Art from the Doyle Collection
Sir John Lavery

Sir John Lavery’s  Miss Haslam at the Westbury Hotel in Dublin

Miss Haslam

Sir John Lavery 1856-1941 Miss Haslam

The least discussed and potentially most striking picture which Lavery showed at the Royal Academy in 1912 was the portrait of a London girl – the daughter of the Member of Parliament for Monmouth, Miss Vida Haslam. In the same exhibition, two other Lavery portraits of women – Anna Pavlova, and the artist’s wife, Hazel – took critical precedence. The first of these, La Morte du Cygne, showed the world famous ballerina in her most celebrated role, while the second, The Silver Turban provided one of the most sympathetic portrayals of a beautiful woman who would achieve international recognition, largely through the adoption of her face in teh design of the Irish currency. While The Athenaeum would describe the first as ‘popular’ the Manchester Guardian mused on the second, declaring if a ‘beautiful head, cleverly painted and most becomingly arrayed in the shimmer of satin and glimmer of pearls’ with such strong competition from Lavery’s own hand, the portrait of Miss Haslam was passed over. That this treatment was unjust, is abundantly clear when we consider the portrait itself and is seventeen-year-old subject. She was neither public performer nor grand dame-in-waiting, but a fresh-faced girl whose modernity challenged the painter.

Helen Evelyn Vida Haslam (1894-1976) was the daughter of a wealthy cotton manufacturer from Bolton in Lanashire. As was common at the time, Lewis Haslam also pursued a political career, being elected in 1906 as Liberal Member of Parliament for the Monmouth constituency, a position he held until his death in 1922. The family lived in Cranley Gardens, Kensington, as short walk from Lavery’s studio in Cromwell Pace. Vida was thus a privileged teenager in an ambiance where intellectual debates were conducted on issues of the day – such as imperial governance, Home Rul legislation and the controversial theories of Social Darwinism and ‘eugenics’. She would go on to serve in teh Voluntary Aid Detachment as a nurse, training on the job, during the Great War. Immediately after the war she met and married John Lentaigne, an Irish solicitor attached to the British Imperial Civil Service in Ragnoon. There followed twenty-three idyllic months in Burma before Lentaigne fell ill with Cholera and died two days after the birth of his daughter Josephine. His last wishes were that his young wife convert to Catholicism, and bring up their baby daughter in Ireland both of which promises she honoured. She purchased Newtown House at Termonfeckin in Co Louth, where she hosted meetings of the United Irishwomen and the Irish Countrywomen’s Association. As founding director of County Workers Ltd in 1930, she promoted the revival of country crafts and was elected as a local county councillor. Renowned for her charitable acts she brought Catholic refugees from Austria to Ireland at the beginning of the second World War, and although thereafter she moved briefly to London, tied with Ireland retained when in 1946 she purchased a farm at Brittas Bay. However , she returned permanently to London after its sale in 1956. However , she returned permanently to London after its sale in 1956.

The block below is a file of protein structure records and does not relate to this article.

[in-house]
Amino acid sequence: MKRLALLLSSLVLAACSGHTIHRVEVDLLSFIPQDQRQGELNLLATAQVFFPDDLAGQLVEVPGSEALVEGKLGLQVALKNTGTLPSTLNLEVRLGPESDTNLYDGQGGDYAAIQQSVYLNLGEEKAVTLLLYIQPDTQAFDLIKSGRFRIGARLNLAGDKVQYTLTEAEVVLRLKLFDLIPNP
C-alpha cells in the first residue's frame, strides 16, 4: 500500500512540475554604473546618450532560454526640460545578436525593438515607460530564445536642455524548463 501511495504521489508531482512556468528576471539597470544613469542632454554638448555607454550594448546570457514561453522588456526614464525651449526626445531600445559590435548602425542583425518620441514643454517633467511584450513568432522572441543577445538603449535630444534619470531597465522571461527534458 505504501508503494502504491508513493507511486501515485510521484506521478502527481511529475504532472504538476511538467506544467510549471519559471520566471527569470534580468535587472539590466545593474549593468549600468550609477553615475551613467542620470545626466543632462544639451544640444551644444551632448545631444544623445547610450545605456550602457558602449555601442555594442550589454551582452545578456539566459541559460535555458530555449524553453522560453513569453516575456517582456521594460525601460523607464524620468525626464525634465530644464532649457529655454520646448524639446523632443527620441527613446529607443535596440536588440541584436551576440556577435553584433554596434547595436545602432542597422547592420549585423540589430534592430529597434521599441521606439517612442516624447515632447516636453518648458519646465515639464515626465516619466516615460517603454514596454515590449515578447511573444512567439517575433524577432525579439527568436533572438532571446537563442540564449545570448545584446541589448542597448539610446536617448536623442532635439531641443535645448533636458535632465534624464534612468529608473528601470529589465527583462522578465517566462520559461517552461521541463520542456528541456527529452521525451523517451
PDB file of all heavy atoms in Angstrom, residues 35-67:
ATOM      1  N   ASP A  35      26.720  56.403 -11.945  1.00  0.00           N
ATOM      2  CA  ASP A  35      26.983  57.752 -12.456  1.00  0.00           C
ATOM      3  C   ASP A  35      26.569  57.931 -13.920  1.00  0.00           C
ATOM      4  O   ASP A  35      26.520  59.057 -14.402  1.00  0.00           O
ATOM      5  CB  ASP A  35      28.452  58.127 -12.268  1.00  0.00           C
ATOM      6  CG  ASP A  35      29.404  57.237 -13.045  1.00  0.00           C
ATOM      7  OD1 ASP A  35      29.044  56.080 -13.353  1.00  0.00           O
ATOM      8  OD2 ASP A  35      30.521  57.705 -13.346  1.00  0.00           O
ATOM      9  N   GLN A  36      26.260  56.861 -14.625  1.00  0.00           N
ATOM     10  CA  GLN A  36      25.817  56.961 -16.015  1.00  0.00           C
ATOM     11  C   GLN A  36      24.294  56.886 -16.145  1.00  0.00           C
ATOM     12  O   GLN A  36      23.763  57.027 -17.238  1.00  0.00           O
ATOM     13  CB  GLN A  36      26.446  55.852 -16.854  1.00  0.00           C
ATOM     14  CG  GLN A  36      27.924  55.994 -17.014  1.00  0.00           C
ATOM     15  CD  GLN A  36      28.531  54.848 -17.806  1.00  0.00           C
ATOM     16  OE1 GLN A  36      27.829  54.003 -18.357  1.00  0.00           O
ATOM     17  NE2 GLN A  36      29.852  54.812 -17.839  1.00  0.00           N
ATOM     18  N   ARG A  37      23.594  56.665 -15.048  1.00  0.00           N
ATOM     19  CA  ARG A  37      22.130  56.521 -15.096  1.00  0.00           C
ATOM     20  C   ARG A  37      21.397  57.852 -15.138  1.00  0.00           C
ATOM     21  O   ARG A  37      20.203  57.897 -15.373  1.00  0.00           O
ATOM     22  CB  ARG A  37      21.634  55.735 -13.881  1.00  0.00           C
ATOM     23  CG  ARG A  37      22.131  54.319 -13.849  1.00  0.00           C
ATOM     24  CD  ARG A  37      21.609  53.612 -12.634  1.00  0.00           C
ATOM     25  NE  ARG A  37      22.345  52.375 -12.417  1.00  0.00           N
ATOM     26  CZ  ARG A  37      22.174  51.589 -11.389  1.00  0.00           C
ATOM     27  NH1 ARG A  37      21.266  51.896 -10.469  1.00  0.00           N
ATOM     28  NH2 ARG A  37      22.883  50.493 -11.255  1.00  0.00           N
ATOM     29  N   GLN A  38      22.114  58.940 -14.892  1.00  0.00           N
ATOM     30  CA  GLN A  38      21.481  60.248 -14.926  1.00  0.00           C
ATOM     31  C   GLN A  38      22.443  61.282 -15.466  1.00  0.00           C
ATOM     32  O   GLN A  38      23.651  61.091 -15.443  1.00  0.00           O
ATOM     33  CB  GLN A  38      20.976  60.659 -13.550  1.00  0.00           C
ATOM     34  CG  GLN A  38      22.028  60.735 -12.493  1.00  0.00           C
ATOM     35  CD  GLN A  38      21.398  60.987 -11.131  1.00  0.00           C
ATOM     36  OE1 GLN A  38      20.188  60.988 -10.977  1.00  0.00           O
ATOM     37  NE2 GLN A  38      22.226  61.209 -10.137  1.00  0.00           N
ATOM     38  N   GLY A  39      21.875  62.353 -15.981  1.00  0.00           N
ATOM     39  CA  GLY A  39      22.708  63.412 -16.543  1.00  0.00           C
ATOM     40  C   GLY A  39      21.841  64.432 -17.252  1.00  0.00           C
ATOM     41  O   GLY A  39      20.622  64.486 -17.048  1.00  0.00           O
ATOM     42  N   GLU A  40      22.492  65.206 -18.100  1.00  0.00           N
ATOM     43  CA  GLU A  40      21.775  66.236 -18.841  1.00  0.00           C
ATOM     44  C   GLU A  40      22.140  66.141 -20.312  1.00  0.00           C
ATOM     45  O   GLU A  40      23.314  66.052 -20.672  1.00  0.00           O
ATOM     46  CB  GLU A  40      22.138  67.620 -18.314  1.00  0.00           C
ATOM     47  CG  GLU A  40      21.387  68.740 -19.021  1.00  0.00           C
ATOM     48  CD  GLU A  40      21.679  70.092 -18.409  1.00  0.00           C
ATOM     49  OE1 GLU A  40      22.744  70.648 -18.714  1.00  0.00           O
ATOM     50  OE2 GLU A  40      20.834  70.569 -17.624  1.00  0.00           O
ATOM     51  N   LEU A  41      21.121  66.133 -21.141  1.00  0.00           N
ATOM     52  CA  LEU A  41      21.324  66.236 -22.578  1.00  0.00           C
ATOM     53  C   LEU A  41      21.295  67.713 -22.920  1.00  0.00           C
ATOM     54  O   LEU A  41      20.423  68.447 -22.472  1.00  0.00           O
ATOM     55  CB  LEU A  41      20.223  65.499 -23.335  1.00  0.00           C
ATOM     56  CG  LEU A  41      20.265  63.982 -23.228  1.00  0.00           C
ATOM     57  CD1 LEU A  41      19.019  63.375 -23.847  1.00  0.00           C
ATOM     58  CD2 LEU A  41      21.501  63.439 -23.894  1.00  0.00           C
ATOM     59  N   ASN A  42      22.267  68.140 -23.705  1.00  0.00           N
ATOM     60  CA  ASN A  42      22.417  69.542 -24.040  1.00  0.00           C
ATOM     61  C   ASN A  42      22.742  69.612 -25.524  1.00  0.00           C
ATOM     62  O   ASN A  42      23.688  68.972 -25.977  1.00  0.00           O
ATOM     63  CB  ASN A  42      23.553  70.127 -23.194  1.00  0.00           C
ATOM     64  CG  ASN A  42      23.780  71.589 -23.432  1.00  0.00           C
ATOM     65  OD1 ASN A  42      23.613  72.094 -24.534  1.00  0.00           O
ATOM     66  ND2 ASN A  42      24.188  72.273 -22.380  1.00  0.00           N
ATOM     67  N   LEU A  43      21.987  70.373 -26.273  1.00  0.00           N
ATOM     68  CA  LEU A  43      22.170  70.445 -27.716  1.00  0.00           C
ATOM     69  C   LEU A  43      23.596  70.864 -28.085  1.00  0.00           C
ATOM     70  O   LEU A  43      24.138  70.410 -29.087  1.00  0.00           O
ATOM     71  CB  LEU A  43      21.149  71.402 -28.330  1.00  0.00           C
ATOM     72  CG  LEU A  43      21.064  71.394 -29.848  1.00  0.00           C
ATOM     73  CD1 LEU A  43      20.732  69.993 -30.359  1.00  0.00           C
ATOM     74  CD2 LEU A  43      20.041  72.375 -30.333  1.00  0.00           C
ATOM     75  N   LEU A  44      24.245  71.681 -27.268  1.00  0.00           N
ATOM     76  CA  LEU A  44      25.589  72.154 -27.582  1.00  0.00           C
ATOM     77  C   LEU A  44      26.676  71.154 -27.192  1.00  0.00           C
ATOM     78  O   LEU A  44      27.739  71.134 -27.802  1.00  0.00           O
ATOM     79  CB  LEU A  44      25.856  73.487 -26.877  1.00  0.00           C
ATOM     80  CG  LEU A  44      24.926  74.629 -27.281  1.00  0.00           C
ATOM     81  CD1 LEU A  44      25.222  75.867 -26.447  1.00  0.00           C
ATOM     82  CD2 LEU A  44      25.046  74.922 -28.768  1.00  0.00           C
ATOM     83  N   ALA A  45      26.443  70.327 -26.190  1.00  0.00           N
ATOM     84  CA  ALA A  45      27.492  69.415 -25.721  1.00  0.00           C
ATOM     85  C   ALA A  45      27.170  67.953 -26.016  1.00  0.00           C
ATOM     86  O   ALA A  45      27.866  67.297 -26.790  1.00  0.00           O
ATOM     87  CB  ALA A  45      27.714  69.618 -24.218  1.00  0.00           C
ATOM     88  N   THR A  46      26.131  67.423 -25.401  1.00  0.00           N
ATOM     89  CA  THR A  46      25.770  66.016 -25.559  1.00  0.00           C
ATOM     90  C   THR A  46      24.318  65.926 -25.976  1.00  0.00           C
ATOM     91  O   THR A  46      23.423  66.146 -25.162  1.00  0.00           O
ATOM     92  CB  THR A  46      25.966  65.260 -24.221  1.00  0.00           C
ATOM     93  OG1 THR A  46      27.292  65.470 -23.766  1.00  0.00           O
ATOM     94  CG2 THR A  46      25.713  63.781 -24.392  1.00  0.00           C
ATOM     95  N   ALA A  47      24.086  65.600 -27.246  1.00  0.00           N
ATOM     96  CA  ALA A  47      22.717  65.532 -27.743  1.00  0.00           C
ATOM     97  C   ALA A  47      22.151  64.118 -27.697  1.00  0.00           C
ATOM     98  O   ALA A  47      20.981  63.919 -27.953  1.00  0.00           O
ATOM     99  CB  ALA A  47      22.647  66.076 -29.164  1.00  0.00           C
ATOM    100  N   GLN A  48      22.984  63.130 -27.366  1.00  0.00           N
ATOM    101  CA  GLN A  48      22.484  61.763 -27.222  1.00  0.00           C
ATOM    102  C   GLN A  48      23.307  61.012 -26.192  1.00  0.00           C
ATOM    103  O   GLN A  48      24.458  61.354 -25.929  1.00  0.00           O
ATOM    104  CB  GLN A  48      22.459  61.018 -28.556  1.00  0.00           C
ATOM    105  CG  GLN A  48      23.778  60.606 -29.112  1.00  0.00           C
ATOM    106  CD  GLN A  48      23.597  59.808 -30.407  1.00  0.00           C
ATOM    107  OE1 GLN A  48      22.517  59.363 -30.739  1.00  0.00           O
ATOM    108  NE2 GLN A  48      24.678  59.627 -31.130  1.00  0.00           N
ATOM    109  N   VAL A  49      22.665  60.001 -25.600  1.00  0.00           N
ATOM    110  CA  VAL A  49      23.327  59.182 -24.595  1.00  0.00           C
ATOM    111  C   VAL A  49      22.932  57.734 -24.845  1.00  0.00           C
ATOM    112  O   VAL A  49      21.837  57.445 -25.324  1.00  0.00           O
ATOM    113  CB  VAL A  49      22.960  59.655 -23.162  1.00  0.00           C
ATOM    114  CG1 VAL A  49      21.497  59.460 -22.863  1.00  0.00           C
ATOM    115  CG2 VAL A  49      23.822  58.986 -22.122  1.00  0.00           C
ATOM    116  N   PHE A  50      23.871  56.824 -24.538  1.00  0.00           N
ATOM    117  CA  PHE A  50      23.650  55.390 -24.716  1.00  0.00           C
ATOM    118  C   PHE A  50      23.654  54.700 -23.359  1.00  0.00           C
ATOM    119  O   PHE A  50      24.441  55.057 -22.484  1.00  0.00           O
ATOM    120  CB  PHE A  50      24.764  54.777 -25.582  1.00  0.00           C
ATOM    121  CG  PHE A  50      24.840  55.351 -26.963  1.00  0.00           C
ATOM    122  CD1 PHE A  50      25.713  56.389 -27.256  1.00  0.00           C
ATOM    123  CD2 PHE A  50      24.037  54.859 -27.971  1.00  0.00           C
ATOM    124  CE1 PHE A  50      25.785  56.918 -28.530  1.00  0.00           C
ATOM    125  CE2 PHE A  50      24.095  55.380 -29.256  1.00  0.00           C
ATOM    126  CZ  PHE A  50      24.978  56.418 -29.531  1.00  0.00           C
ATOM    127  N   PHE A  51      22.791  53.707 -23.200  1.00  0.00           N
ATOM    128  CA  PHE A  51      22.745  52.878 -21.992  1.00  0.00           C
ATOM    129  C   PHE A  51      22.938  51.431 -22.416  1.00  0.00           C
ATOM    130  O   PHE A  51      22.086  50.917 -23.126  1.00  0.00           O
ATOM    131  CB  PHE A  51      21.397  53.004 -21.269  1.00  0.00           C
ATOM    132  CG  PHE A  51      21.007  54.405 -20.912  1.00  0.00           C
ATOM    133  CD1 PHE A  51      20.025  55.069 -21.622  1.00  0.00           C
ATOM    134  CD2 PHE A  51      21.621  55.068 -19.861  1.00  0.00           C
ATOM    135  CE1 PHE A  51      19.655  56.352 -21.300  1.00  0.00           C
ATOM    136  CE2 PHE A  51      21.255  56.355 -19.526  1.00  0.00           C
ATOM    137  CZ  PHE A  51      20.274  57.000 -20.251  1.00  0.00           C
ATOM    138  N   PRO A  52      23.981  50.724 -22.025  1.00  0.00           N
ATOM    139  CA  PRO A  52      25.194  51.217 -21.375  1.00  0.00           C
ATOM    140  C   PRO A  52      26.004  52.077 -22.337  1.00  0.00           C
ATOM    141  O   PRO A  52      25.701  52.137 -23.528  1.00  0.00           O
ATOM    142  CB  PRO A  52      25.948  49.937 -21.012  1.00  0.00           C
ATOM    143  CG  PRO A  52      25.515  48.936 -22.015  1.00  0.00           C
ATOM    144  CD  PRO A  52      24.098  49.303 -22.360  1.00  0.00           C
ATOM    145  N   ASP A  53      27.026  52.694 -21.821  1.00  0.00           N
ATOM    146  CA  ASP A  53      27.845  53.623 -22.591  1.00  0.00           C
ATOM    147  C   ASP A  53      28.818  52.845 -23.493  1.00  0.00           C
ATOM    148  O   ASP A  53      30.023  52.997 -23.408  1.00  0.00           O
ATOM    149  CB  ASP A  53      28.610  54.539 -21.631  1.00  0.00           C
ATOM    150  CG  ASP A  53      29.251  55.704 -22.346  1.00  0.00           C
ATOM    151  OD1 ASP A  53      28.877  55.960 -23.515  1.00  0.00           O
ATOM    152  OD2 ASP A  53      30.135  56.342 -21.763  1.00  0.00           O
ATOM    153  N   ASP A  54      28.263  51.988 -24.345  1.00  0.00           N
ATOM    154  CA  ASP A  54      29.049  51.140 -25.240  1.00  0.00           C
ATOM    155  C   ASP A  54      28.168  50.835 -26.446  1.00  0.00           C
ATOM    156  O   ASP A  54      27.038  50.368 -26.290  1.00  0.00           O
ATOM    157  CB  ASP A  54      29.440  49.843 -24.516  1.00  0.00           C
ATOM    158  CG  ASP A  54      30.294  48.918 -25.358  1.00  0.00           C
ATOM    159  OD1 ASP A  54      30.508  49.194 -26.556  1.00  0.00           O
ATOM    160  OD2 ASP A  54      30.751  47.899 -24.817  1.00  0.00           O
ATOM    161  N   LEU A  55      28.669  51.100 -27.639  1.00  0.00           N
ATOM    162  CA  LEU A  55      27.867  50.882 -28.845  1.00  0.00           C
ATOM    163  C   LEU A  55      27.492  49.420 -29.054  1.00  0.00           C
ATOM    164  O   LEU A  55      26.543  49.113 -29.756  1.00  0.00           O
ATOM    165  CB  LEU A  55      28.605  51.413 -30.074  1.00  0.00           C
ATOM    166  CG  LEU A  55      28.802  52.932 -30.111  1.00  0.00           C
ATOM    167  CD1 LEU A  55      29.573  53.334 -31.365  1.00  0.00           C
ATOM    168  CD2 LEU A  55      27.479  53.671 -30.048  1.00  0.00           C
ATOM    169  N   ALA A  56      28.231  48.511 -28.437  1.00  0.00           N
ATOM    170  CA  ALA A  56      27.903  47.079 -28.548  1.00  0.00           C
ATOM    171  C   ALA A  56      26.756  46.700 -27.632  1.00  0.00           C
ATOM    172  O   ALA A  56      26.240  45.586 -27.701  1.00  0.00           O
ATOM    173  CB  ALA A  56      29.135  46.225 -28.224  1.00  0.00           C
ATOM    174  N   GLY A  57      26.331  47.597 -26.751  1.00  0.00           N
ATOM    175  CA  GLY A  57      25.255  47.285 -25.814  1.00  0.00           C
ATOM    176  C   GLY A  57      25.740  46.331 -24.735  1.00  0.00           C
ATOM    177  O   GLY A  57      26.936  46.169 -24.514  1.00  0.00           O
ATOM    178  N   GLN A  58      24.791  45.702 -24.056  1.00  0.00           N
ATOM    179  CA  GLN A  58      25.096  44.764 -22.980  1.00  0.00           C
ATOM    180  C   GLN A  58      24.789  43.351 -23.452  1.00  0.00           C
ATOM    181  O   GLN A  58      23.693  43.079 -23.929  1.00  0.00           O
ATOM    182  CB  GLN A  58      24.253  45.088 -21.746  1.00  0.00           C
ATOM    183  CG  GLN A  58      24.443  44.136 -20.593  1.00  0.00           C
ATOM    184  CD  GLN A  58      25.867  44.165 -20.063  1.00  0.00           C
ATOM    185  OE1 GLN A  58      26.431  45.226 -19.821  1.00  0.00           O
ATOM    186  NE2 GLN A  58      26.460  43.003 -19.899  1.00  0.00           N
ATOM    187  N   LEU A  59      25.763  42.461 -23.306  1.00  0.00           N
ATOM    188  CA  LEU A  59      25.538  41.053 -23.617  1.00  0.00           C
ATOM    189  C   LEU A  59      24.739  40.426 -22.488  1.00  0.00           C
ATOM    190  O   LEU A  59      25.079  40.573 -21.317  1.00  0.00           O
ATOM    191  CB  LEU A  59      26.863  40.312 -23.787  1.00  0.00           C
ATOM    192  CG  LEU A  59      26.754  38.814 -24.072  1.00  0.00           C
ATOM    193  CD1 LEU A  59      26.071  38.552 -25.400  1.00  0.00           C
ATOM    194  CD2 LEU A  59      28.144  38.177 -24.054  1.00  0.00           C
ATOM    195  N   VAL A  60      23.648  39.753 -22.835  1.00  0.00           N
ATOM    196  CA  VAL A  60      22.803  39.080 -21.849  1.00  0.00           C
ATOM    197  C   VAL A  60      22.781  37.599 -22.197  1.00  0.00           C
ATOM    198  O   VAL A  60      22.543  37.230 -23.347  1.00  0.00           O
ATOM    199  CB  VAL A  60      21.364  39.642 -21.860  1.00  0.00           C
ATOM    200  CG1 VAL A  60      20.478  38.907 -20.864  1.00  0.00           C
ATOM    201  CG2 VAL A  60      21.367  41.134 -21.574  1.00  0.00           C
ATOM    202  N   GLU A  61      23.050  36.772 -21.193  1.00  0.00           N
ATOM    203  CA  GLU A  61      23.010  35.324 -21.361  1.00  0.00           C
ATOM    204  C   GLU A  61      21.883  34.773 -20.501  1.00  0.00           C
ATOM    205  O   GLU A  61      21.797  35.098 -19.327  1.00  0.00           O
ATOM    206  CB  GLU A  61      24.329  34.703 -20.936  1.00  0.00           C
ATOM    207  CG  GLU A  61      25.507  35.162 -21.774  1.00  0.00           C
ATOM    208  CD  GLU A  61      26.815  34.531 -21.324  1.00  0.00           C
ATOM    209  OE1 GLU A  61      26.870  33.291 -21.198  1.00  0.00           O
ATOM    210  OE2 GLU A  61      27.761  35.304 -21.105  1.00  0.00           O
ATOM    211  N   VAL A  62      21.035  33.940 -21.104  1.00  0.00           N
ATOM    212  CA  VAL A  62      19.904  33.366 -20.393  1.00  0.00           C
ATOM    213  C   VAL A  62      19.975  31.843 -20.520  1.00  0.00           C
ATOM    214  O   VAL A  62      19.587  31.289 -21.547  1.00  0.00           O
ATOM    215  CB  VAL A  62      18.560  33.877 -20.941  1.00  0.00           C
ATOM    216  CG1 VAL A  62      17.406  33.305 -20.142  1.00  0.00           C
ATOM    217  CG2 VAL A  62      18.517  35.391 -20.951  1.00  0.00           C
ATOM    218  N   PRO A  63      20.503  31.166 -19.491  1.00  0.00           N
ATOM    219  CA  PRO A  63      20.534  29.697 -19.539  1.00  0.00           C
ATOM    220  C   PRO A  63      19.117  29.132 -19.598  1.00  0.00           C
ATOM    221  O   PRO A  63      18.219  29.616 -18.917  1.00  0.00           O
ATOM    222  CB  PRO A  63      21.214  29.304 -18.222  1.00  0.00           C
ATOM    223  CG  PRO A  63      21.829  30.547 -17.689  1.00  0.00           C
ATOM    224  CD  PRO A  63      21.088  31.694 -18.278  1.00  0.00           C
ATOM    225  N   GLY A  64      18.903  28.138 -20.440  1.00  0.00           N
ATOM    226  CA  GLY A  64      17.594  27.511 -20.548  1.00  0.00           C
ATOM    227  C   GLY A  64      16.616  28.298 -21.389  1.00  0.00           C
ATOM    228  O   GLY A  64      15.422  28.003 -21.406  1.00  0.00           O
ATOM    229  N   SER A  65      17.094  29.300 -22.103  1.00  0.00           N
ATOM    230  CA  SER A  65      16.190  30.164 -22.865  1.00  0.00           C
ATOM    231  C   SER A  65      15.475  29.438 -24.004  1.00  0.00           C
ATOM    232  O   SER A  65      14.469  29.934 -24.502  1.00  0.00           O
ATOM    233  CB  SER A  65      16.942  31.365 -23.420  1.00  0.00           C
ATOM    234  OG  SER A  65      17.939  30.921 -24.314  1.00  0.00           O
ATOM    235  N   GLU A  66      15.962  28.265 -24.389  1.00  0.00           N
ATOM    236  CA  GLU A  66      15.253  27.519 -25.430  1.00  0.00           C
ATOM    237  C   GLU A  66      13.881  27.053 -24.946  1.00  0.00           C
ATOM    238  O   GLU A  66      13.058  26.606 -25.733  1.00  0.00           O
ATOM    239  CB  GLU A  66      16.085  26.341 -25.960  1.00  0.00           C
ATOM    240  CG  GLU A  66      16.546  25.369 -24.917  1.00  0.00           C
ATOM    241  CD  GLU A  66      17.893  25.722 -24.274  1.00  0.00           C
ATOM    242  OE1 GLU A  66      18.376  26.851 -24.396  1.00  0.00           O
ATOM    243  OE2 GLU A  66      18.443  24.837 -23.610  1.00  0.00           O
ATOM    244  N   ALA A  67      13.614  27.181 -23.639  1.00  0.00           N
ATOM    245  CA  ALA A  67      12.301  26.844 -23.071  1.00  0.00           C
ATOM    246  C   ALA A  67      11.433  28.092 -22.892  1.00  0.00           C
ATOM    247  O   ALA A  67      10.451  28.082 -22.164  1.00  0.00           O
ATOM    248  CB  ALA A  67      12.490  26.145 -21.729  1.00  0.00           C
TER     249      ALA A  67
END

Back in 1911 when she sat for Lavery, Miss Haslam’s life was before her. She did not come to the studio trailing celebrity and she answered the painter’s searching scrutiny with a directness that betrays the charm of youth.

What did Lavery make of her? He posed her on an elegant caned bergere that appears in a number of portraits after the mid-1890s and is most prominently placed in the center of The Artists Studio, 1910. Off to the right on a side table, a jug of white chyrsanthemums recalls earlier celebrated Lavery portraits of young women such as Miss Mary Burrell and Lady Evelyn Fraquhar, 1907. All of these pictures, in separate ways point to the lifelong influence of Velazquez over the artist.

Apart from a red book, the flowers, side table and chair are the only studio props. Elsewhere the background is treated with Whislerian decorum – indeed echoes of Whistler extend to the handling and pose. However by 1911, Lavery’s principal rivals in London were mostly younger painters, John Singer Sargent having officially given up portrait painting in 1912 he was showing the portrait of A Lady and Gentleman (The Artist’s Parents) (NGI). In his treatment of young women however, Orpen was positively coquettish and unlike Miss Haslam, figures such as Vera Hone in The Chinese Shawl appear poised rather than posed.

In contrast, Lavery’s model is confident, intelligent and stlyish but devoid of pretence. Her dress is simple and conventional – and were it not for the splendid sash that falls from her waist, we might assume that she has just returned from a game of tennis. The painter has caught her independent spirit, her honesy and candour, and avoided the flashy second-hand pyrotechnics of De Laszlo, JJ Shannon and other Sargent followers to provide a dazzling picture of une jeune fille en fleurs, who pauses, closes her book and speaks directly to the viewer.

Kenneth McConkey is Emeritus Professor of Art History at Northumbria University

Miss Haslam exhibited at The Westbury Hotel and on loan to the hotel by the Gallagher, Monahan and Roche families.

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